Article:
Ohio’s Hard Line On Ballot Drop Boxes Prompts Judge To Greatly Expand Their Use

COLUMBUS, OH - OCTOBER 06: A man wears a TOO CLOSE mask while waiting in line to register for early voting outside of the of the Franklin County Board of Elections Office on October 6, 2020 in Columbus, Ohio. Ohio al... COLUMBUS, OH - OCTOBER 06: A man wears a TOO CLOSE mask while waiting in line to register for early voting outside of the of the Franklin County Board of Elections Office on October 6, 2020 in Columbus, Ohio. Ohio allows early voting 28 days before the election which occurs on November 3rd of this year. (Photo by Ty Wright/Getty Images) MORE LESS

Ohio state officials face a federal court order that they allow a significant expansion of ballot drop box use, after the state bristled at a more moderate approach laid out by the judge.

The fight over whether local election officials can set up more than one drop-off location per county has played out in several different courtrooms since Ohio Secretary of State Frank LaRose announced in August that he was limiting drop box use.

At the time of the announcement, LaRose said he did not oppose drop boxes as a matter of policy but believed that their use at locations other than county election offices was impermissible under state law.

Despite multiple courts now saying that that interpretation of state law is incorrect, LaRose has stood by limiting their use, taking only one small step earlier this week to let counties set up multiple drop-off options at the same county board locations.

LaRose has also already appealed the latest federal court order.

U.S. District Judge Dan Aaron Polster ordered on Thursday evening that LaRose permit counties to set up multiple locations, including staffed sites, where voters can hand over ballots to election officials, as well as unmanned drop boxes.

He said that the Secretary had not presented in the case “any legitimate reason to prohibit a county board of elections from utilizing off-site drop boxes and/or off-site delivery of ballots to staff” while also shooting down nebulous claims of fraud prevention.

“No evidence was introduced at the hearing to support the conclusory reference to fraud in the Secretary’s brief,” the judge said.  The other reason for the restrictions cited by the state — a desire for uniformity among how many drop boxes each county would have — made little sense as well, according to the judge.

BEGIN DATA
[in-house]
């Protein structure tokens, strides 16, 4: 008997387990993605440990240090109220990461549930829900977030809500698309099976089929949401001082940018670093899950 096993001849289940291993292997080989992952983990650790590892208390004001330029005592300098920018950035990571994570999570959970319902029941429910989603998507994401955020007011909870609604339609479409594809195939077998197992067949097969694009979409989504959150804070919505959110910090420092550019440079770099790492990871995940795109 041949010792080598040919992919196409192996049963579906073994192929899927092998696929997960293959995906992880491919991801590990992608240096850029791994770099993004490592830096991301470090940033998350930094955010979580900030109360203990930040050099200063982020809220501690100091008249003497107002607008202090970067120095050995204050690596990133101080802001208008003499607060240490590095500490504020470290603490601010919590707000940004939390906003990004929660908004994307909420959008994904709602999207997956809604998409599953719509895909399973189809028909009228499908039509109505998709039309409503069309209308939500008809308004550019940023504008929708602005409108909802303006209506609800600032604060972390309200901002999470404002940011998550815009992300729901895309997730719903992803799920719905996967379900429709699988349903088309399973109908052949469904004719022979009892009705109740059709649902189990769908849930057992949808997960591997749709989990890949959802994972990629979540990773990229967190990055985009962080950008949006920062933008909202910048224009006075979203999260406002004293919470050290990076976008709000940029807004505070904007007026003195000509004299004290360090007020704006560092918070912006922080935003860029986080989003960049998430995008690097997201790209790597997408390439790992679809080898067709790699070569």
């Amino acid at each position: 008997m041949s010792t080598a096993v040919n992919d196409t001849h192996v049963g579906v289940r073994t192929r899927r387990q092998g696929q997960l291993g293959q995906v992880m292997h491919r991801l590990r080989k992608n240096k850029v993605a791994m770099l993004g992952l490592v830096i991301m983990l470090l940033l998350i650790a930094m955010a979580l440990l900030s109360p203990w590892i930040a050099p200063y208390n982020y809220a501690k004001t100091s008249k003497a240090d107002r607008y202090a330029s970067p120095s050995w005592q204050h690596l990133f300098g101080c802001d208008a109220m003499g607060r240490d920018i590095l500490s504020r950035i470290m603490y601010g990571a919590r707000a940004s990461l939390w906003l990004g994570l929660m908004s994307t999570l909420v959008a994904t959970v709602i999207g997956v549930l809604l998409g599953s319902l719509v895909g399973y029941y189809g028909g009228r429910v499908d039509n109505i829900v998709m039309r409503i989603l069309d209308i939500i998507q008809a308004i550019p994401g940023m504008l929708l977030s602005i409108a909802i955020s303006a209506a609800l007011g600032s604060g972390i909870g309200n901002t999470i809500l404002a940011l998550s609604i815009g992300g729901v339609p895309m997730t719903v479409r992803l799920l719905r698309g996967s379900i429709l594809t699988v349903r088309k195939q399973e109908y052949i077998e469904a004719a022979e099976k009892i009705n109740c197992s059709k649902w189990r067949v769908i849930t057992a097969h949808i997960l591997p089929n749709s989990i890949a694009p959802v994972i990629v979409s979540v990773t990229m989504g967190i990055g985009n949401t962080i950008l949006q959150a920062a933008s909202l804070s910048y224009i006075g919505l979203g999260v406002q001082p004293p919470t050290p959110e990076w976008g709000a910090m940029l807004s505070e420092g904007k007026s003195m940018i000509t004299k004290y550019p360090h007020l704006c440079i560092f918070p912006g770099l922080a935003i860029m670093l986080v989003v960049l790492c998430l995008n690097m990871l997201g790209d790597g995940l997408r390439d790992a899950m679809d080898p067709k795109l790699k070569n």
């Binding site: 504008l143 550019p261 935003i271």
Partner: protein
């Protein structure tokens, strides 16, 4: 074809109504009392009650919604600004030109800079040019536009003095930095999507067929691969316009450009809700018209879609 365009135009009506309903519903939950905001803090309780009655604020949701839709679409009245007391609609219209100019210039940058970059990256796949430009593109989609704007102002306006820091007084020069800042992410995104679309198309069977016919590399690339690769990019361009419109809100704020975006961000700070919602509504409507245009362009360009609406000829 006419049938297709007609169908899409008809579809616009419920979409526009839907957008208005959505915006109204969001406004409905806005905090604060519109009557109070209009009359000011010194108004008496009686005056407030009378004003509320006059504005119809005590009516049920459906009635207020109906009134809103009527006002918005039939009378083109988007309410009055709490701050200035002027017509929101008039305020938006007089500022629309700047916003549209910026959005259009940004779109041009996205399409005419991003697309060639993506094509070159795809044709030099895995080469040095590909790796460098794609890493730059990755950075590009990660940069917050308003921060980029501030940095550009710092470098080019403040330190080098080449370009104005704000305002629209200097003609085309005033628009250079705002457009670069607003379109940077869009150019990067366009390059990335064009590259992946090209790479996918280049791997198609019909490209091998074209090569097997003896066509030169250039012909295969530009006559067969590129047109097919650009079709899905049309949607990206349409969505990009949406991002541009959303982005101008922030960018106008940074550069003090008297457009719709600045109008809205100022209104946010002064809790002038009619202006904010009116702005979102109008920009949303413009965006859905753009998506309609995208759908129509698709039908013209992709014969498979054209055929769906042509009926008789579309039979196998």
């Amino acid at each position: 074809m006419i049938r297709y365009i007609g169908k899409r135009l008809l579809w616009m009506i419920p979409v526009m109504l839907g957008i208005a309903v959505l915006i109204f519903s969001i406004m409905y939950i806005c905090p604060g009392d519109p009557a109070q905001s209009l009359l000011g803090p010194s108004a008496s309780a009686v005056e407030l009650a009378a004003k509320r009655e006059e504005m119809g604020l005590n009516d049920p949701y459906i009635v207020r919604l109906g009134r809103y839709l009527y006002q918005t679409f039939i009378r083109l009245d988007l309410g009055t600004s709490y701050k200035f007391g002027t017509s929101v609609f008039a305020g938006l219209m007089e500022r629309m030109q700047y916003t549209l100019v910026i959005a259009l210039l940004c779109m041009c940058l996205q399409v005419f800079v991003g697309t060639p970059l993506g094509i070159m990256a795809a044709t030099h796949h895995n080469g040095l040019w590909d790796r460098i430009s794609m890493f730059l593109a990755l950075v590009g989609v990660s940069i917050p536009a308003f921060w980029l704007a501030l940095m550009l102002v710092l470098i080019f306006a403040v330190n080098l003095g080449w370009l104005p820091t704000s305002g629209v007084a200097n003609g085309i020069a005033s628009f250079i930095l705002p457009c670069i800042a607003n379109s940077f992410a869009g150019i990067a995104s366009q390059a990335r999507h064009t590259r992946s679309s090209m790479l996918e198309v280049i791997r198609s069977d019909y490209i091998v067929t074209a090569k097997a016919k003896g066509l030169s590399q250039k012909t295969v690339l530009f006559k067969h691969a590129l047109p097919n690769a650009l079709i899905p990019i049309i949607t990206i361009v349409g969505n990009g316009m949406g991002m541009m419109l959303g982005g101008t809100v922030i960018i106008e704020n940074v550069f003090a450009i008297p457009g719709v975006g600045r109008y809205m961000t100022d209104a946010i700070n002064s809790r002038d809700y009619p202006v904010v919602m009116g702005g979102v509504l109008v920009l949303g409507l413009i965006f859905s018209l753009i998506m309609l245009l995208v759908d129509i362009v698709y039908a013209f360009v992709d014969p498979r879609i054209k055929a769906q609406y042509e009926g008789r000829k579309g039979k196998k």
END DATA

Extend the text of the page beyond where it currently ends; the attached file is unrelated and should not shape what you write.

“The problem with this rationale is that all counties are not equal in population or in geographic size,” Poster said. “Giving all voters an equal opportunity would require multiple drop boxes in heavily populated counties to account for their population.”

The Thursday night order was a reversal of course from a dismissal of the case the judge granted on Tuesday, which was a partial victory for LaRose.

Poster had put the litigation mostly on hold, while a lawsuit brought in state court challenging the restrictions proceeded. Both a district state court and an appeals court said multiple drop boxes per county would not violate state law — but the appeals court said it was within LaRose’s discretion whether to allow such a system.

After the state appeals court order, LaRose issued a new directive that said county boards could set up multiple drop boxes as long as they were on their election office premises. The federal judge, however, in his dismissal order earlier this week, read the new directive to also sanction off-site drop offs (at places like public libraries) where election staff would be deployed to accept the ballots in person.

He acknowledged that “off-site staff collection of absentee ballots may not have all the advantages of off-site drop boxes” but he expressed a desire to end the litigation.

When state officials made clear that the judge was misinterpreting their intentions with the new directive, the federal challengers returned to the judge to reconsider the dismissal order, prompting the Thursday decision ordering the more expansive drop box regime.

Polster also refused to put his order on hold while it was appealed.

“[W]e are in the middle of the worst pandemic in a century coupled with reasonable concern over the ability of the U.S. Postal Service to handle what will undoubtedly be the largest number of absentee voters in Ohio’s history,” he said, while urging that
“it is time for this litigation to end.”

In a statement, LaRose’s office defended his appeal.

“Voting has begun, and Ohio’s elections are safe, secure, and accessible,” LaRose spokeswoman Maggie Sheehan said. “The place to make changes in how we run our elections is the statehouse, not the courthouse.”

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